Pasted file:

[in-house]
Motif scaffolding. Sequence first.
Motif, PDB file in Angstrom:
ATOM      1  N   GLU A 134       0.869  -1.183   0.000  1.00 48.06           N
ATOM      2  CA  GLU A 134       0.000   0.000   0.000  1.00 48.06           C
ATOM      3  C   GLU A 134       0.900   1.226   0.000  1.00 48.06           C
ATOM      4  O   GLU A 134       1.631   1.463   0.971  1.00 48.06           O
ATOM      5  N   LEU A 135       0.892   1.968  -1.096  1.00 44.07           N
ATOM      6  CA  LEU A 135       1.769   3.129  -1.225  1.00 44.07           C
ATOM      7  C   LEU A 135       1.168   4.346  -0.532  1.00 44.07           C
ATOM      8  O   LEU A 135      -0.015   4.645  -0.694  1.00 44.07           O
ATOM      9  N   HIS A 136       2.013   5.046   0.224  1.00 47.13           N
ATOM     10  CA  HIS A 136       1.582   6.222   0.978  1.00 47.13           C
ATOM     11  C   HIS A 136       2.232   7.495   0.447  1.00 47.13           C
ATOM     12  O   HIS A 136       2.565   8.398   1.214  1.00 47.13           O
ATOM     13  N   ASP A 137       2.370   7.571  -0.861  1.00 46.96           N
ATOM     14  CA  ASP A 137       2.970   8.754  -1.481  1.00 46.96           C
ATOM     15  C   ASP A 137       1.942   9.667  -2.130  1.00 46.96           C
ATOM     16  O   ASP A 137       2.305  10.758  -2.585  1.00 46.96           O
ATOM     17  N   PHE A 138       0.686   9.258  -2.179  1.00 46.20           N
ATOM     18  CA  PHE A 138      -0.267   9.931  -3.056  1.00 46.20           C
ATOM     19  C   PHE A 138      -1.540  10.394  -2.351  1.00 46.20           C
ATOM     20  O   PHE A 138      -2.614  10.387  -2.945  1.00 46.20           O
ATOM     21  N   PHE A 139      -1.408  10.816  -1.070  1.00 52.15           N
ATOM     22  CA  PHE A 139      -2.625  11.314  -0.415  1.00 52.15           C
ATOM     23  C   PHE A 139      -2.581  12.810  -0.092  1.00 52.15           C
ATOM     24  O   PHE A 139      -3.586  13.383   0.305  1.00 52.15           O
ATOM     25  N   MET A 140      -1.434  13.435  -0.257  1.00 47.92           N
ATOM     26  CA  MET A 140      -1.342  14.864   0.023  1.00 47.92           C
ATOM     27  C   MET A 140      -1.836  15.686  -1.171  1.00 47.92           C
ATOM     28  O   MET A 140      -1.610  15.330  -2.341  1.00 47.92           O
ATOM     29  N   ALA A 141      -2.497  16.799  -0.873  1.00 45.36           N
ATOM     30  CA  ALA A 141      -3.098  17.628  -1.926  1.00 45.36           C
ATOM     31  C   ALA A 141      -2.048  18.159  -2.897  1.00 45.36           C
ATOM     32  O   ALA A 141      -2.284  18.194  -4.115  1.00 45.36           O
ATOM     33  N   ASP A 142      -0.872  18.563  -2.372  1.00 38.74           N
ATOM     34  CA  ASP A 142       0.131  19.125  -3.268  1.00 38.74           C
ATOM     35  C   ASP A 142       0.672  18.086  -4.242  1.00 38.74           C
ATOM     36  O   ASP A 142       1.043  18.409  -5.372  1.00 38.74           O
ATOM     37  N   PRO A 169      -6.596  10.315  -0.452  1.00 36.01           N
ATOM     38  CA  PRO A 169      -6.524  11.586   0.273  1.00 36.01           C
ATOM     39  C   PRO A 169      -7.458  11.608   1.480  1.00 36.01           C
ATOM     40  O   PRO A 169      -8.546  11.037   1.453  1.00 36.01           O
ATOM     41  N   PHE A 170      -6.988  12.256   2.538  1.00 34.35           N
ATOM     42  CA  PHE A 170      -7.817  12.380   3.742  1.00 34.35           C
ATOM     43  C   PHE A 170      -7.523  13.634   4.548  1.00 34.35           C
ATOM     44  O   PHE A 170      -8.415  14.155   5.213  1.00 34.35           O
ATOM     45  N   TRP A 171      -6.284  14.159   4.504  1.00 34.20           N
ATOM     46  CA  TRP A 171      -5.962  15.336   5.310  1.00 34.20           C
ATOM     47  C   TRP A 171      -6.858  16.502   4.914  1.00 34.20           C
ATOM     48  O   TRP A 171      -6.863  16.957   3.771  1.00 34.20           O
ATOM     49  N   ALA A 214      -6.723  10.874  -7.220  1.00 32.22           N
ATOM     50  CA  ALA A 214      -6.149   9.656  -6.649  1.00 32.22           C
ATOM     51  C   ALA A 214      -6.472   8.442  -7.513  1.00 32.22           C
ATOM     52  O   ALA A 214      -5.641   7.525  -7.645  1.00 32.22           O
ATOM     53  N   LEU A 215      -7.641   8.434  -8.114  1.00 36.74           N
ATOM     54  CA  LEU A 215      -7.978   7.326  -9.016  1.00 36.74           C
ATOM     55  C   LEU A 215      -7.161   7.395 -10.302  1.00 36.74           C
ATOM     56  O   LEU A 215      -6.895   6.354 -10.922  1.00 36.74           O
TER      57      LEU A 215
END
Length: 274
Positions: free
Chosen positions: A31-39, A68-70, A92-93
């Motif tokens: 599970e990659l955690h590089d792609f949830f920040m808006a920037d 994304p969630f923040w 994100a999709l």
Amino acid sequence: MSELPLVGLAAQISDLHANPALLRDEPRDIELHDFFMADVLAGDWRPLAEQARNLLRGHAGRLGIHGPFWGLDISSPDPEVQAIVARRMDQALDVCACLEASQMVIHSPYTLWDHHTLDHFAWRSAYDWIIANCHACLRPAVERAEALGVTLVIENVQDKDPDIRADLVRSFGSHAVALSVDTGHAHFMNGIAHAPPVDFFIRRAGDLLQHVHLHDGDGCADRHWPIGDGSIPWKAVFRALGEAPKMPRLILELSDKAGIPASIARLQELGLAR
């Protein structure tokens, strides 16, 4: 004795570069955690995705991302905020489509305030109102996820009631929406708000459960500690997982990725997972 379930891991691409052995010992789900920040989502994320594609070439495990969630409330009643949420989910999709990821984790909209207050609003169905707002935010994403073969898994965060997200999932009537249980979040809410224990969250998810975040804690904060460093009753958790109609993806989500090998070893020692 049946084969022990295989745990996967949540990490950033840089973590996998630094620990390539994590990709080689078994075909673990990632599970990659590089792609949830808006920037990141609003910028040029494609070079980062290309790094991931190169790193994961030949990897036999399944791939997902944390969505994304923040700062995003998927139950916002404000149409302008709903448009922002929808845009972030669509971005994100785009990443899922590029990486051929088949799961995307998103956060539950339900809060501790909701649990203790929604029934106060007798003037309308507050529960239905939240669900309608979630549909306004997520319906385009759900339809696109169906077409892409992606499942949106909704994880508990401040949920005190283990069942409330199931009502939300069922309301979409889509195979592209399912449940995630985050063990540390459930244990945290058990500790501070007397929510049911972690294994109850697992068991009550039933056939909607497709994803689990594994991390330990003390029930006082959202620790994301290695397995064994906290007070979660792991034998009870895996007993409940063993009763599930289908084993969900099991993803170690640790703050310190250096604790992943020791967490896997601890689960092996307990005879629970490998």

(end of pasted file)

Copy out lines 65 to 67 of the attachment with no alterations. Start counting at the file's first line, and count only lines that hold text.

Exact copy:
């Motif tokens: 599970e990659l955690h590089d792609f949830f920040m808006a920037d 994304p969630f923040w 994100a999709l």
Amino acid sequence: MSELPLVGLAAQISDLHANPALLRDEPRDIELHDFFMADVLAGDWRPLAEQARNLLRGHAGRLGIHGPFWGLDISSPDPEVQAIVARRMDQALDVCACLEASQMVIHSPYTLWDHHTLDHFAWRSAYDWIIANCHACLRPAVERAEALGVTLVIENVQDKDPDIRADLVRSFGSHAVALSVDTGHAHFMNGIAHAPPVDFFIRRAGDLLQHVHLHDGDGCADRHWPIGDGSIPWKAVFRALGEAPKMPRLILELSDKAGIPASIARLQELGLAR
């Protein structure tokens, strides 16, 4: 004795570069955690995705991302905020489509305030109102996820009631929406708000459960500690997982990725997972 379930891991691409052995010992789900920040989502994320594609070439495990969630409330009643949420989910999709990821984790909209207050609003169905707002935010994403073969898994965060997200999932009537249980979040809410224990969250998810975040804690904060460093009753958790109609993806989500090998070893020692 049946084969022990295989745990996967949540990490950033840089973590996998630094620990390539994590990709080689078994075909673990990632599970990659590089792609949830808006920037990141609003910028040029494609070079980062290309790094991931190169790193994961030949990897036999399944791939997902944390969505994304923040700062995003998927139950916002404000149409302008709903448009922002929808845009972030669509971005994100785009990443899922590029990486051929088949799961995307998103956060539950339900809060501790909701649990203790929604029934106060007798003037309308507050529960239905939240669900309608979630549909306004997520319906385009759900339809696109169906077409892409992606499942949106909704994880508990401040949920005190283990069942409330199931009502939300069922309301979409889509195979592209399912449940995630985050063990540390459930244990945290058990500790501070007397929510049911972690294994109850697992068991009550039933056939909607497709994803689990594994991390330990003390029930006082959202620790994301290695397995064994906290007070979660792991034998009870895996007993409940063993009763599930289908084993969900099991993803170690640790703050310190250096604790992943020791967490896997601890689960092996307990005879629970490998």